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Remote Sens. 2016, 8(1), 70; doi:10.3390/rs8010070

A Review of the Application of Optical and Radar Remote Sensing Data Fusion to Land Use Mapping and Monitoring

1
Department of GeoSciences and Natural Resource Management, University of Copenhagen, Copenhagen 1165, Denmark
2
Geography Department, Humboldt-University Berlin, Unter den Linden 6, Berlin 10099, Germany
3
Integrative Research Institute on Transformations of Human-Environment Systems (IRI THESys), Humboldt-University Berlin, Unter den Linden 6, Berlin 10099, Germany
4
F.R.S.-FNRS, Brussels 1000, Belgium
5
Earth and Life Institute (ELI), Université Catholique de Louvain, Louvain-La-Neuve 1348, Belgium
6
School of GeoSciences, University of Edinburgh, Edinburgh EH9 3FF, UK
7
Laboratory of Geo-Information Science and Remote Sensing, Wageningen University, Droevendaalsesteeg 3, Wageningen 6708 PB, The Netherlands
8
Institute of Geographical Sciences, Freie Universität Berlin, Malteserstr. 74 - 100, Berlin 12249, Germany
These authors contributed equally to this work.
*
Author to whom correspondence should be addressed.
Academic Editors: Linda See, Martin Herold, Magaly Koch and Prasad S. Thenkabail
Received: 21 October 2015 / Revised: 5 January 2016 / Accepted: 8 January 2016 / Published: 16 January 2016
(This article belongs to the Special Issue Validation and Inter-Comparison of Land Cover and Land Use Data)
View Full-Text   |   Download PDF [2647 KB, uploaded 16 January 2016]   |  

Abstract

The wealth of complementary data available from remote sensing missions can hugely aid efforts towards accurately determining land use and quantifying subtle changes in land use management or intensity. This study reviewed 112 studies on fusing optical and radar data, which offer unique spectral and structural information, for land cover and use assessments. Contrary to our expectations, only 50 studies specifically addressed land use, and five assessed land use changes, while the majority addressed land cover. The advantages of fusion for land use analysis were assessed in 32 studies, and a large majority (28 studies) concluded that fusion improved results compared to using single data sources. Study sites were small, frequently 300–3000 km 2 or individual plots, with a lack of comparison of results and accuracies across sites. Although a variety of fusion techniques were used, pre-classification fusion followed by pixel-level inputs in traditional classification algorithms (e.g., Gaussian maximum likelihood classification) was common, but often without a concrete rationale on the applicability of the method to the land use theme being studied. Progress in this field of research requires the development of robust techniques of fusion to map the intricacies of land uses and changes therein and systematic procedures to assess the benefits of fusion over larger spatial scales. View Full-Text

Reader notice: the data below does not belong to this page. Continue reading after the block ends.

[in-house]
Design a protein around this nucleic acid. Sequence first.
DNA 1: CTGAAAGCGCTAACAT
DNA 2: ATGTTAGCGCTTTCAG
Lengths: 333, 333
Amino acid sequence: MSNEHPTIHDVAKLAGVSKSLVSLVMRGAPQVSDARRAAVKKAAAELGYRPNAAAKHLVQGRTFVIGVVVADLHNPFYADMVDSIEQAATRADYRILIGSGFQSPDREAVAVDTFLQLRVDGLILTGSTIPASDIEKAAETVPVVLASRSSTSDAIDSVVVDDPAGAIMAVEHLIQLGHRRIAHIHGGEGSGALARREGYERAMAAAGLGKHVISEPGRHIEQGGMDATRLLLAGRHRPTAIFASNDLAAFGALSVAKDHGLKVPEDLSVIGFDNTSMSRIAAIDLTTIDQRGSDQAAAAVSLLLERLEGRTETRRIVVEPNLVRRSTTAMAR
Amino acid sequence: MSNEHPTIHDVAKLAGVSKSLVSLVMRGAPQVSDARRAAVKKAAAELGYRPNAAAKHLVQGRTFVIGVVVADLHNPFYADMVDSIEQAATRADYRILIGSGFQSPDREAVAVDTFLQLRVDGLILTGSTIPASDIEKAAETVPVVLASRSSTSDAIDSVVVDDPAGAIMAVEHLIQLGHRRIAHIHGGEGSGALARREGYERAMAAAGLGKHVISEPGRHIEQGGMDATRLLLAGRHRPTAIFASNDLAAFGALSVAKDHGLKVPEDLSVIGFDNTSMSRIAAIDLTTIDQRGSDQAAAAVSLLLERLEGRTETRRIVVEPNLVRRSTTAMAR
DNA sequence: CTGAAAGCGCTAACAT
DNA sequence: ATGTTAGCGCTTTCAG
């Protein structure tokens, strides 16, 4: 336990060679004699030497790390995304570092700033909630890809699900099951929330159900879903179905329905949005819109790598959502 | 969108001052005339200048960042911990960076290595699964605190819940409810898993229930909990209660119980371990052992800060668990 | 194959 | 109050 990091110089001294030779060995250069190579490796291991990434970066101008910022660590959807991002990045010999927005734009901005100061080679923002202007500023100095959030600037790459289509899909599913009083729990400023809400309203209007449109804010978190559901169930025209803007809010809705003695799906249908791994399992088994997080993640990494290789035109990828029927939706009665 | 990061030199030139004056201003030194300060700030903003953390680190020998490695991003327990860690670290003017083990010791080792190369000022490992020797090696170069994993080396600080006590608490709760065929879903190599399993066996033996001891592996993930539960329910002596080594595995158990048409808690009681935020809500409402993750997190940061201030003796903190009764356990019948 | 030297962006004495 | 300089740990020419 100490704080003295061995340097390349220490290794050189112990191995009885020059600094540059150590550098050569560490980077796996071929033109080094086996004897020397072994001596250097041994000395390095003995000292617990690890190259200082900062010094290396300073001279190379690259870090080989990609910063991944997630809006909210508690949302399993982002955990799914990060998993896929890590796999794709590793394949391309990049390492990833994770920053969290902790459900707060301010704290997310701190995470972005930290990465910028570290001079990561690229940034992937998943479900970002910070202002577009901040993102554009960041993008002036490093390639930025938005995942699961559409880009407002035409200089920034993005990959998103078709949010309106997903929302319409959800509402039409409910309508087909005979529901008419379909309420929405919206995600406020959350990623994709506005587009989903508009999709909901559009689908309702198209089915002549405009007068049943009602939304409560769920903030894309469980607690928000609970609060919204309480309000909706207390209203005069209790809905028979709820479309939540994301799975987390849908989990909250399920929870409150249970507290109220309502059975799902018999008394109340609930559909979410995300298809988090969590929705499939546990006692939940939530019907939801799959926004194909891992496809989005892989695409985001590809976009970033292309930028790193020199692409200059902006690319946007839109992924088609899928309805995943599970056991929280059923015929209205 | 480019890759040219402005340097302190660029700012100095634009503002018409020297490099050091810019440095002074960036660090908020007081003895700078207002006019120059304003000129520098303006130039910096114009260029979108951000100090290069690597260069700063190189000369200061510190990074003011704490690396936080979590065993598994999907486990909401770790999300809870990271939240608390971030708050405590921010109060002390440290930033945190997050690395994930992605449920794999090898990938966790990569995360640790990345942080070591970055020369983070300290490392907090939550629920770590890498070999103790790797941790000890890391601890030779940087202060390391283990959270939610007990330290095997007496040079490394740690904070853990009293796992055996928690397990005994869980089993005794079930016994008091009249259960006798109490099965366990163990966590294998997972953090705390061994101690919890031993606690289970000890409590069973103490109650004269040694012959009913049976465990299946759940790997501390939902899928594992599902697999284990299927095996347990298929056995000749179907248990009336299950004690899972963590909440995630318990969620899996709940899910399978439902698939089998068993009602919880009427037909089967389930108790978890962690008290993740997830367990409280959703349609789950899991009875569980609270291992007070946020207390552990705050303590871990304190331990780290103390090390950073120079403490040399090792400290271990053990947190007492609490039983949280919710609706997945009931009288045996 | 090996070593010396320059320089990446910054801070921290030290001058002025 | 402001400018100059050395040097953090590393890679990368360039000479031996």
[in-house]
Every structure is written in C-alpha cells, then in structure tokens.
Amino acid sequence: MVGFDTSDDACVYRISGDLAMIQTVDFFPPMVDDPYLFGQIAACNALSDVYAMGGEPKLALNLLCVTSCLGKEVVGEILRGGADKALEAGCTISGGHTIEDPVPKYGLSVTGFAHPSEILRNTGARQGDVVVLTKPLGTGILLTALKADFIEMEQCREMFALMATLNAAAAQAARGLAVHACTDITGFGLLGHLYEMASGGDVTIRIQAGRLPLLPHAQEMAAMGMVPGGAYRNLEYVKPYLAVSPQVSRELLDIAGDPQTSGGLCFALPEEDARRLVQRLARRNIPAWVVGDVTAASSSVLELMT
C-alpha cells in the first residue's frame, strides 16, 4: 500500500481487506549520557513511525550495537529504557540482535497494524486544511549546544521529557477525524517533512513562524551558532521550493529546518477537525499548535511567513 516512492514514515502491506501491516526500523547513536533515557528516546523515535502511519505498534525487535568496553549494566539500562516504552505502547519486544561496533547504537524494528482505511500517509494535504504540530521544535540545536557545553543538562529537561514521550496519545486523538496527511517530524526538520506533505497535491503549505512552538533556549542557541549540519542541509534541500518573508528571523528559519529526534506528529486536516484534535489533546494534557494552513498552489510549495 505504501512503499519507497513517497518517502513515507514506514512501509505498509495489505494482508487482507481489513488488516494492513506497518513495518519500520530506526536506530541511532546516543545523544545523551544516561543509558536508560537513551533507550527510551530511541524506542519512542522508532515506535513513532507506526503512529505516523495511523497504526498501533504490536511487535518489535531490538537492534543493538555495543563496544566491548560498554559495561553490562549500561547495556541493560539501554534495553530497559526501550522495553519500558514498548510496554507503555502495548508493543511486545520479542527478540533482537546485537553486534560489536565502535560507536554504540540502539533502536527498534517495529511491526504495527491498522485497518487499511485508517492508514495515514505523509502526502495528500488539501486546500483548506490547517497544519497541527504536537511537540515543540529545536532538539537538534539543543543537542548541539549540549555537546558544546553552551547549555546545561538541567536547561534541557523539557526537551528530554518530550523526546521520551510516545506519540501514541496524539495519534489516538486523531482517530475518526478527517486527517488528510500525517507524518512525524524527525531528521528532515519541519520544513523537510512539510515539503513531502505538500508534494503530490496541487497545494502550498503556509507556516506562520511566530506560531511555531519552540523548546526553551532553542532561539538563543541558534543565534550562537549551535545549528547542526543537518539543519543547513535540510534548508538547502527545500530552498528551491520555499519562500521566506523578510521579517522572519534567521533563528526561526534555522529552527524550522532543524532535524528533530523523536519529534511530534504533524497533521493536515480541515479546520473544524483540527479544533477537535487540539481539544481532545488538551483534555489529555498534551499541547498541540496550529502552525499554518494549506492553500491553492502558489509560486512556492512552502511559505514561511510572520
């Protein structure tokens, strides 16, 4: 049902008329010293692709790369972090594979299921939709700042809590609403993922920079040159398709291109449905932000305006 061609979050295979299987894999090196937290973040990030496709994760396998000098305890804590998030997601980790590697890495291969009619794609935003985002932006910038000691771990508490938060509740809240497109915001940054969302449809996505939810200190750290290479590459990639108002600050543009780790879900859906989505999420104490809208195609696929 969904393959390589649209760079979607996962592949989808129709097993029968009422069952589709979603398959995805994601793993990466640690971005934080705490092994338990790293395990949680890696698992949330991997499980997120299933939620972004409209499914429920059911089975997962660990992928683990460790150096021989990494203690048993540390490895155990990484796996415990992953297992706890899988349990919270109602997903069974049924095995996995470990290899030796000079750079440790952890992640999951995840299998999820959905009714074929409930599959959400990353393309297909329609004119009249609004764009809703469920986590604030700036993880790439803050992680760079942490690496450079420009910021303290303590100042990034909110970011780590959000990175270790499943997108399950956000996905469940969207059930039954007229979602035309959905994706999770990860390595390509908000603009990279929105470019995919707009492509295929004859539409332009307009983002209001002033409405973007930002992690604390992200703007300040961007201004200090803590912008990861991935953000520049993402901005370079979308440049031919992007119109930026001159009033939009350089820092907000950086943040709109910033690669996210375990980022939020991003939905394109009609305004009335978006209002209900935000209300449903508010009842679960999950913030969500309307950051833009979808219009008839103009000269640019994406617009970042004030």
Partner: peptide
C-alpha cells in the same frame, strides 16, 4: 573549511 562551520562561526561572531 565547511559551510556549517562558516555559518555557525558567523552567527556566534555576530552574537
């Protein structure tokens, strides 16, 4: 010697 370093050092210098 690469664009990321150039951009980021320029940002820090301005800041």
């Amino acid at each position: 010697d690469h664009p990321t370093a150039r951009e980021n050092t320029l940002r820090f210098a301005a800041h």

Keywords: optical; synthetic aperture radar; meta-analysis; Landsat; ALOS PALSAR; ERS-1 and -2; land cover; decision tree; machine learning; pixel- and segment-level analyses optical; synthetic aperture radar; meta-analysis; Landsat; ALOS PALSAR; ERS-1 and -2; land cover; decision tree; machine learning; pixel- and segment-level analyses
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This is an open access article distributed under the Creative Commons Attribution License which permits unrestricted use, distribution, and reproduction in any medium, provided the original work is properly cited. (CC BY 4.0).

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MDPI and ACS Style

Joshi, N.; Baumann, M.; Ehammer, A.; Fensholt, R.; Grogan, K.; Hostert, P.; Jepsen, M.R.; Kuemmerle, T.; Meyfroidt, P.; Mitchard, E.T.A.; Reiche, J.; Ryan, C.M.; Waske, B. A Review of the Application of Optical and Radar Remote Sensing Data Fusion to Land Use Mapping and Monitoring. Remote Sens. 2016, 8, 70.

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